Singapore craft brewery RedDot BrewHouse has been accused of underpaying staff during the construction of its first overseas outlet in Melbourne, Australia.
According to Sydney Morning Herald (SMH), RedDot allegedly underpaid a Filipino welder over $20,000 for his work on their new brewery.
The Australian Office of the Fair Work Ombudsman (FWO) said that the employee had signed a contract for a $55,000 yearly salary, but that was slashed to $36,000 without the worker's knowledge.
FWO documents also said that the employee was invited to work in Australia by Reddot, and promised visa sponsorship for a period of four years. However, RedDot ended up employing him for less than four months, and also did not proceed with visa sponsorship for him.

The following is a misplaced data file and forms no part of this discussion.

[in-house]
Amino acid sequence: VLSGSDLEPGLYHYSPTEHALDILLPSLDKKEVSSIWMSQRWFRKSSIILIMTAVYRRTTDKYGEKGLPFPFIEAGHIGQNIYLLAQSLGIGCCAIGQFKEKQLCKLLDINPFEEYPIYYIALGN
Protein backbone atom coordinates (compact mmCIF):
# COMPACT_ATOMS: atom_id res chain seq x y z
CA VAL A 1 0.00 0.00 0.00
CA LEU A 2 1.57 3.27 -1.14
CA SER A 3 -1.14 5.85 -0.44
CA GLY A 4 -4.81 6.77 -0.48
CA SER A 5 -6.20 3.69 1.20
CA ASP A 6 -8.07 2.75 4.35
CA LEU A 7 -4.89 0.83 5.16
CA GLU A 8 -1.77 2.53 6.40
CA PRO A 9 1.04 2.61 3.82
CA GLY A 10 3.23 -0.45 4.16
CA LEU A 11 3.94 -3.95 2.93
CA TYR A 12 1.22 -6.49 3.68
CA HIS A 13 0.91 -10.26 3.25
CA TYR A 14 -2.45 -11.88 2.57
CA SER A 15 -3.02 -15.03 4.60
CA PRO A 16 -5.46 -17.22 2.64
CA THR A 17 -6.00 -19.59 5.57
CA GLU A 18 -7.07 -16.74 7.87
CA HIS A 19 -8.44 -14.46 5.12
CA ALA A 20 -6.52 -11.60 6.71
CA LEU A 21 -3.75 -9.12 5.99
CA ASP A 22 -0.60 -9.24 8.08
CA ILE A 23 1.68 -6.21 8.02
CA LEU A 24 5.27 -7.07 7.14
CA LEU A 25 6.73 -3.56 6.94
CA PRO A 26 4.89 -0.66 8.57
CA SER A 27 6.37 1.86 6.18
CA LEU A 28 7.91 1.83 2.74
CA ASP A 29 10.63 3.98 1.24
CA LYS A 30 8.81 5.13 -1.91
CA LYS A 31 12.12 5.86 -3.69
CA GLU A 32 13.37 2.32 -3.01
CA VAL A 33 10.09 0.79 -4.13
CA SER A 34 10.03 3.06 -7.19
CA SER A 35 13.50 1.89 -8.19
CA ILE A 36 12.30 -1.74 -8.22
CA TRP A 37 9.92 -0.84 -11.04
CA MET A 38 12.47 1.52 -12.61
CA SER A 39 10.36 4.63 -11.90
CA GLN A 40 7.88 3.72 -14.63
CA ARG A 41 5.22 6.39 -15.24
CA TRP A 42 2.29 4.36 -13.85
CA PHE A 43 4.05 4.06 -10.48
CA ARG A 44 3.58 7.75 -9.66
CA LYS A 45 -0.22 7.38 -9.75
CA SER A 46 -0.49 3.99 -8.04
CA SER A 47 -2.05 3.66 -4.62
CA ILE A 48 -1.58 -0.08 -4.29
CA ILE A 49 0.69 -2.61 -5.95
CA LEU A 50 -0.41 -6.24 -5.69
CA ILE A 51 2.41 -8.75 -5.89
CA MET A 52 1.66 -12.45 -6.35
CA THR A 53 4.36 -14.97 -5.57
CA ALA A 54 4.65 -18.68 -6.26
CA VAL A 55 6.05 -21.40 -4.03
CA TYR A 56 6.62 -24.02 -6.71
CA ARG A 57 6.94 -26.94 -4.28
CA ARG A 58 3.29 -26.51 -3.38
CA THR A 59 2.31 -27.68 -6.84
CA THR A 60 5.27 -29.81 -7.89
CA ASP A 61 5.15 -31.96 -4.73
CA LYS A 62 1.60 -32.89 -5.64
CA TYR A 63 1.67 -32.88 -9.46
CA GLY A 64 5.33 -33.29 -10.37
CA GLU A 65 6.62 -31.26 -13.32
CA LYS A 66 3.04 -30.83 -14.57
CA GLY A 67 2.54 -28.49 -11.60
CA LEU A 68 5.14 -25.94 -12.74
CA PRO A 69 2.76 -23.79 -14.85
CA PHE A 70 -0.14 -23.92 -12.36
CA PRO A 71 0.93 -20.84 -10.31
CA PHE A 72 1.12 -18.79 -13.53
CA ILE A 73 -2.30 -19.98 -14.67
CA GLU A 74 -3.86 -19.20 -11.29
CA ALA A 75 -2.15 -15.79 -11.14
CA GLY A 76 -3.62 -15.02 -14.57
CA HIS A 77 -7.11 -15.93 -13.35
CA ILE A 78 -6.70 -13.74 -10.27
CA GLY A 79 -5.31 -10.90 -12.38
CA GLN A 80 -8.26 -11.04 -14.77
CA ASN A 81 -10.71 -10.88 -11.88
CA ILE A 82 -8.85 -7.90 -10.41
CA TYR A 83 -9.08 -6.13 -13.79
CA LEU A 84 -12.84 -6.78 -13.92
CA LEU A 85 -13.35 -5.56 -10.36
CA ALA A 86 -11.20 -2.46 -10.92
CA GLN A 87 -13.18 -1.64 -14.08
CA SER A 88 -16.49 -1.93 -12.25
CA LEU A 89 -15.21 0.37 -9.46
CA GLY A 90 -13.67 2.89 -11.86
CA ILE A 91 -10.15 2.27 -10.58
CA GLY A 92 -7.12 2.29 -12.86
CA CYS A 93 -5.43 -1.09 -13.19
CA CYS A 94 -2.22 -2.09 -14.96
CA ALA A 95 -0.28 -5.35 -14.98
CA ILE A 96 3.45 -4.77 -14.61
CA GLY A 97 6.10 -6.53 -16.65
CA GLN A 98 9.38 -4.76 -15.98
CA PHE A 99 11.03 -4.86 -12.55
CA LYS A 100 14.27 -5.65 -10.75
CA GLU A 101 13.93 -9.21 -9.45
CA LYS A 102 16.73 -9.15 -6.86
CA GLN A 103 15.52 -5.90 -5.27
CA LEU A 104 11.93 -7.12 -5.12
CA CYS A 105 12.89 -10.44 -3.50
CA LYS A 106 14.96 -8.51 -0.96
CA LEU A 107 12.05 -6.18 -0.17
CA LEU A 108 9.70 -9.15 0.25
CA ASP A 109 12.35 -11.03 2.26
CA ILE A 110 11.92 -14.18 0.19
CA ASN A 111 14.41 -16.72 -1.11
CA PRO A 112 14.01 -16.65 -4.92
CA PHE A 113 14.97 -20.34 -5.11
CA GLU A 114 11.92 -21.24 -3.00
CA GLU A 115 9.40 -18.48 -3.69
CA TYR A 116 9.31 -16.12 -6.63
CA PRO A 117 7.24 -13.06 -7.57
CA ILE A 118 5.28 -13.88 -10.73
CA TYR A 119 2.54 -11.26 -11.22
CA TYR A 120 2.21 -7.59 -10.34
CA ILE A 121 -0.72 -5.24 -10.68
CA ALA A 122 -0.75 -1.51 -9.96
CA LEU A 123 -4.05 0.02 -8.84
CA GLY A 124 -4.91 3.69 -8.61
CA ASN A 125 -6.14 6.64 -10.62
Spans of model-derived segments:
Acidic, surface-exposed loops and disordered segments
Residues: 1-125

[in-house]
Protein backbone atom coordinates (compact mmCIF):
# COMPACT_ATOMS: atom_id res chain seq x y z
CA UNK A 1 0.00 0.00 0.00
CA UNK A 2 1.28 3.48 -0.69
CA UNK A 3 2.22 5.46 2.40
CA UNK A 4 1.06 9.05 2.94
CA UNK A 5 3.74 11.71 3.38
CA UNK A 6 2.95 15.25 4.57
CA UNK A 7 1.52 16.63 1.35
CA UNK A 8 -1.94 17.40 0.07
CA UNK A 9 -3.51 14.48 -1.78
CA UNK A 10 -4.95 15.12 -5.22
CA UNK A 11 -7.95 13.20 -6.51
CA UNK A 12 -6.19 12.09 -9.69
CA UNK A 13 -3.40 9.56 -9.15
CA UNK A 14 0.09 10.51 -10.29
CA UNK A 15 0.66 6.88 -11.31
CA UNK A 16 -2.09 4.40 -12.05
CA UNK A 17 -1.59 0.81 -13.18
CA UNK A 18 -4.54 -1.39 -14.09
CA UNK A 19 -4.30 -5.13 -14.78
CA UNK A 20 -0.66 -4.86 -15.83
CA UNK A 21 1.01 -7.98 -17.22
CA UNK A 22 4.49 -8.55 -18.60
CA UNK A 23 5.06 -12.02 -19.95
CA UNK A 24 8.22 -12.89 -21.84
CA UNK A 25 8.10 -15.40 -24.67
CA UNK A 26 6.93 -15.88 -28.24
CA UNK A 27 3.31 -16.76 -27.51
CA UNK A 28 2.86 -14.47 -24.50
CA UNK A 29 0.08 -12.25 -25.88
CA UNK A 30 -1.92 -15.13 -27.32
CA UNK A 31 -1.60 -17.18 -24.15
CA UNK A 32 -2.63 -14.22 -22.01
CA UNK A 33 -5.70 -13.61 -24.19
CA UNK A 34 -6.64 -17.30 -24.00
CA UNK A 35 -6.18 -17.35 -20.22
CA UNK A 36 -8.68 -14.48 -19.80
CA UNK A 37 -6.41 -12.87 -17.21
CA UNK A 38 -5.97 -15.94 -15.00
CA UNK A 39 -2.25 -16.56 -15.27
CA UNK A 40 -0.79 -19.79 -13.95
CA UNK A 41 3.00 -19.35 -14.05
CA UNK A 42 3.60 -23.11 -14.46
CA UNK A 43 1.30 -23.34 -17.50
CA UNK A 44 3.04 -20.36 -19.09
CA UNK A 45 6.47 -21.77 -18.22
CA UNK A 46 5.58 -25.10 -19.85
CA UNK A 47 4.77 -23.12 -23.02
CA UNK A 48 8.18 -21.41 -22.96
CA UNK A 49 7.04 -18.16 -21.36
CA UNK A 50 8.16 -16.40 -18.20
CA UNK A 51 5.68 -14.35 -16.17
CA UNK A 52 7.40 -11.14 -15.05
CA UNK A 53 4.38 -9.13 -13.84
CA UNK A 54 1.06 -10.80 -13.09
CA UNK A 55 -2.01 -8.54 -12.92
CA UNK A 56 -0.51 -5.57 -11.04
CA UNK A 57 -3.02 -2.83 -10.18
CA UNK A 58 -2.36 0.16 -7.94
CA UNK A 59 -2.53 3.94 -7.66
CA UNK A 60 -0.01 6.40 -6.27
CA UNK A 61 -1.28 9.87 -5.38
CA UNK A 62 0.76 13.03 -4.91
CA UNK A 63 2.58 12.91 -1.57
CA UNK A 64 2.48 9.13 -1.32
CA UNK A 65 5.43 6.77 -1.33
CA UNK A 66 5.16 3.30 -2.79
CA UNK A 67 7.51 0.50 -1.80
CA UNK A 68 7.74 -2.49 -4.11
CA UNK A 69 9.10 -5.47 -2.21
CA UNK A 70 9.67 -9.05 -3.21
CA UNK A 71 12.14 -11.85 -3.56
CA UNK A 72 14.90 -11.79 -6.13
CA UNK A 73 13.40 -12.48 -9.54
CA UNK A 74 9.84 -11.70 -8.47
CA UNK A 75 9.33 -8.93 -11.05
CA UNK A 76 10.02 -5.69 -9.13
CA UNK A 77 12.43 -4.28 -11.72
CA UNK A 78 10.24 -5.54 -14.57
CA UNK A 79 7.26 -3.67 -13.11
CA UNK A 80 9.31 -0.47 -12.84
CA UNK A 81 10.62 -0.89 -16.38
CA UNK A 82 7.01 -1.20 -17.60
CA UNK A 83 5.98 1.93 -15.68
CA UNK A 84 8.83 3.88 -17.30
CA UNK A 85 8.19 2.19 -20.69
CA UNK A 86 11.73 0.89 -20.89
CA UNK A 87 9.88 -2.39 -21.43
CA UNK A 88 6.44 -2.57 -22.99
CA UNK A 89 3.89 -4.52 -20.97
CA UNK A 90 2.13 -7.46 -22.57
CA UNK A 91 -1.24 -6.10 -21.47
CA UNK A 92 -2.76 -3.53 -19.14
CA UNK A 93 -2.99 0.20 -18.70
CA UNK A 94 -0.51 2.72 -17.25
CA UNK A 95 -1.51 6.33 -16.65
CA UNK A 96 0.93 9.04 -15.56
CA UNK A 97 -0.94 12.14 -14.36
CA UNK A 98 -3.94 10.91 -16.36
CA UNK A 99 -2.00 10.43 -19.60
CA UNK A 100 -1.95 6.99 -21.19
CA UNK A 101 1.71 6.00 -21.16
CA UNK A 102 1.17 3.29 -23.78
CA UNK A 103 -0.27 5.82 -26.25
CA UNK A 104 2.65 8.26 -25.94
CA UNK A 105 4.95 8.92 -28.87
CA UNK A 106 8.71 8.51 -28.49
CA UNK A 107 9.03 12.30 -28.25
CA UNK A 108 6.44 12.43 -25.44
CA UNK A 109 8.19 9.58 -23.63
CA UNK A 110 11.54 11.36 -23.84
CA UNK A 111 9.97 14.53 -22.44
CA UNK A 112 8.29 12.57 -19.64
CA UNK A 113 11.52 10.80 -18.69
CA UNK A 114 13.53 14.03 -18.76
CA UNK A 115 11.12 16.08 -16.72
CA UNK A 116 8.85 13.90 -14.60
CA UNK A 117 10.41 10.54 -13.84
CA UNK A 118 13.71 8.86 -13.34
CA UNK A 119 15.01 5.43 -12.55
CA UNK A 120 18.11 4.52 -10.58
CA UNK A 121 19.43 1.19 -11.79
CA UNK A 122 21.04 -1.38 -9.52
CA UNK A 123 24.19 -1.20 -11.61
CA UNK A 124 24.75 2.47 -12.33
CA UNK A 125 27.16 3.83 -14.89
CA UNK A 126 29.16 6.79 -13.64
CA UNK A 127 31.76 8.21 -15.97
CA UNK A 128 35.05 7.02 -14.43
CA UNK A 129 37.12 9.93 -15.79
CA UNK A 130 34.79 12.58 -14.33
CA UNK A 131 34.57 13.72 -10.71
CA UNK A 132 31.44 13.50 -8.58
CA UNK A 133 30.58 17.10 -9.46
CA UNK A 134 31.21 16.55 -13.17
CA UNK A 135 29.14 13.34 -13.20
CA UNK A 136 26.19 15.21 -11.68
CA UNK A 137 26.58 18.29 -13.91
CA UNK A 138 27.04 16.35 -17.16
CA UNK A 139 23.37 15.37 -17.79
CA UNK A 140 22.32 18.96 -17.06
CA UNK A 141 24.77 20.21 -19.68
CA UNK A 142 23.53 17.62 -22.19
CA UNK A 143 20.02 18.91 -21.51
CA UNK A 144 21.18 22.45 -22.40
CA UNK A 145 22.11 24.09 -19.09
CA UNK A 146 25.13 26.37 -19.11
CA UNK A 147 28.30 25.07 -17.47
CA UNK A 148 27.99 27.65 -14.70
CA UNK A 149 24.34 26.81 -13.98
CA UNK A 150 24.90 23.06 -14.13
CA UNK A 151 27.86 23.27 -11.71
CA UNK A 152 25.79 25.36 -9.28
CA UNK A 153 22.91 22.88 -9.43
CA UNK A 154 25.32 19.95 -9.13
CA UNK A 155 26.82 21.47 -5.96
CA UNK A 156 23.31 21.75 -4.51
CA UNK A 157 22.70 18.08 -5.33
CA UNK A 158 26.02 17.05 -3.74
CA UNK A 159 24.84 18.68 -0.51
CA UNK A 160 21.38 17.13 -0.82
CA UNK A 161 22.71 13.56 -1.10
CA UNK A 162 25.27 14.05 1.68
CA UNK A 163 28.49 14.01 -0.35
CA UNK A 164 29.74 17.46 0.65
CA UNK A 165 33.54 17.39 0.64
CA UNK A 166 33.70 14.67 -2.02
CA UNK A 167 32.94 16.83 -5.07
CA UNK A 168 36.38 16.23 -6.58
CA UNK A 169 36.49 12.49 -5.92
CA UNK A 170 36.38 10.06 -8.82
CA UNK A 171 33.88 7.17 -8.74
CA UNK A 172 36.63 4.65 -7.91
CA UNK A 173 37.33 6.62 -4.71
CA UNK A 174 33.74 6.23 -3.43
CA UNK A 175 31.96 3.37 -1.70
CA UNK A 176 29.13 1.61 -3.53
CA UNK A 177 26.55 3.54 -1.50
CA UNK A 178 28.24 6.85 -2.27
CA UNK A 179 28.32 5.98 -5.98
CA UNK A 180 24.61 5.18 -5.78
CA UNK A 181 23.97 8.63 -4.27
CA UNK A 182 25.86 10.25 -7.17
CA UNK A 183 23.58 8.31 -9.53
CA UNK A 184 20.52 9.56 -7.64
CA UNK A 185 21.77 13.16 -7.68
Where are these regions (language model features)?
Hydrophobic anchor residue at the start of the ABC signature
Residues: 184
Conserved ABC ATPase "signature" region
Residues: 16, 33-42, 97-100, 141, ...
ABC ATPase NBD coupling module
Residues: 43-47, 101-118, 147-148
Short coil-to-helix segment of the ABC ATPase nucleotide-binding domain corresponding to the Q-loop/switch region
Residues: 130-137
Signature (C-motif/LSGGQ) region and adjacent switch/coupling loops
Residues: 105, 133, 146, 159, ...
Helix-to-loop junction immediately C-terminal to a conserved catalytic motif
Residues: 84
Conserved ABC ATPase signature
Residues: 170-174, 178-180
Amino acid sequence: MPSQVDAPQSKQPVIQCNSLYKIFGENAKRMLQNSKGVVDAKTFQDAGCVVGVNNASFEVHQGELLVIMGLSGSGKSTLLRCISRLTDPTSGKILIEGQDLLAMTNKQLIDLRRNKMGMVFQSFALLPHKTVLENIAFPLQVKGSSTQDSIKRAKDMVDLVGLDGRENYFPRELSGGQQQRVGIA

SMH said in its article that the worker was not paid for almost half of all the hours that he put in, and was also not paid the penalty rates (usually paid on top of basic pay) for working overtime or on holiday shifts.
The paper also reported that RedDot owner Ng Kah Hoe had said that it was too expensive to hire workers in Australia. He reportedly also accused the worker for "disappointing and slow" work.
Enforcement action has been taken against RedDot, and Ng has since signed a pact to comply with workplace laws as well as pay the employee all outstanding wages, SMH said.
"Migrant employers simply cannot undercut the minimum lawful entitlements of their employees based on what they think the job may be worth, what the employee is happy to accept, what other businesses are paying or what the job may pay in their country of origin," Fair Work Ombudsman Natalie James told SMH.
"There are minimum pay rates, they apply to everyone - including visa-holders - and they are not negotiable for any reason," she said.